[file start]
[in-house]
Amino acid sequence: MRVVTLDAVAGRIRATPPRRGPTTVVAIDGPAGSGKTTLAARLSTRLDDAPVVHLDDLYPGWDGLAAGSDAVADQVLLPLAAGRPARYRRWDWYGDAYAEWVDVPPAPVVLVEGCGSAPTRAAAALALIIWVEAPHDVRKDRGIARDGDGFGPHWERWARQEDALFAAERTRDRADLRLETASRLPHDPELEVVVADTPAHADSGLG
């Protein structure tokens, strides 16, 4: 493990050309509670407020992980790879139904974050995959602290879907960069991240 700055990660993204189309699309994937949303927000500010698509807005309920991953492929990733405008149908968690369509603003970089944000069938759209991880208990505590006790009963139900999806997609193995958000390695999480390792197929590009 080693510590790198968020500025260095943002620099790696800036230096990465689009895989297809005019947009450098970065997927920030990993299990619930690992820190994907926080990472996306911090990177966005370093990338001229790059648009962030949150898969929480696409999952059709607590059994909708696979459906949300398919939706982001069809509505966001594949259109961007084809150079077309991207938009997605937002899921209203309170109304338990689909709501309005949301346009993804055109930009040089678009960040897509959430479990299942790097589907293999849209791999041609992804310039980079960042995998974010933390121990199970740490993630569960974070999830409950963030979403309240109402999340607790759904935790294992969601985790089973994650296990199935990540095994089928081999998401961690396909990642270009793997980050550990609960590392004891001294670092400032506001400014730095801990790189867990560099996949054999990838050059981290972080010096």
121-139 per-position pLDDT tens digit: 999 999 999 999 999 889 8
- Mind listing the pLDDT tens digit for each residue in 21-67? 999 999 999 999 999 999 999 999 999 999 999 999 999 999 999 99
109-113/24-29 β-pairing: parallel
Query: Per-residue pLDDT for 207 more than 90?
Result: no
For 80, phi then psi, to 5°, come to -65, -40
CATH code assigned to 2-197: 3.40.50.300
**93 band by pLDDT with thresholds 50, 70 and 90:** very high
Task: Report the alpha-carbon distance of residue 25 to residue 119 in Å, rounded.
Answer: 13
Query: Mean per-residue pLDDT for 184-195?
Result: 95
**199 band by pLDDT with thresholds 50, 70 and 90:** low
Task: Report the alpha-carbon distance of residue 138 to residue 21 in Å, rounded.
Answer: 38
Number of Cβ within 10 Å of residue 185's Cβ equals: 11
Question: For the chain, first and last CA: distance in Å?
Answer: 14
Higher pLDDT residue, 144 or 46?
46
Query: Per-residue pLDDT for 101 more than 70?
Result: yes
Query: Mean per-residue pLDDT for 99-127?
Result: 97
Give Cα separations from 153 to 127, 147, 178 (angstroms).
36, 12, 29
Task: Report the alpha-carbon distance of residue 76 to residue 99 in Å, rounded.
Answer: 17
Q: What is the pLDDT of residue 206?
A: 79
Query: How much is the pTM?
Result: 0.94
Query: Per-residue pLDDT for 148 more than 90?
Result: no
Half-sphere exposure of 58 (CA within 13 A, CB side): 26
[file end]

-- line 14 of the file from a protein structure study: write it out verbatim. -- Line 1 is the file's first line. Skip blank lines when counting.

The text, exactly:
Query: Mean per-residue pLDDT for 184-195?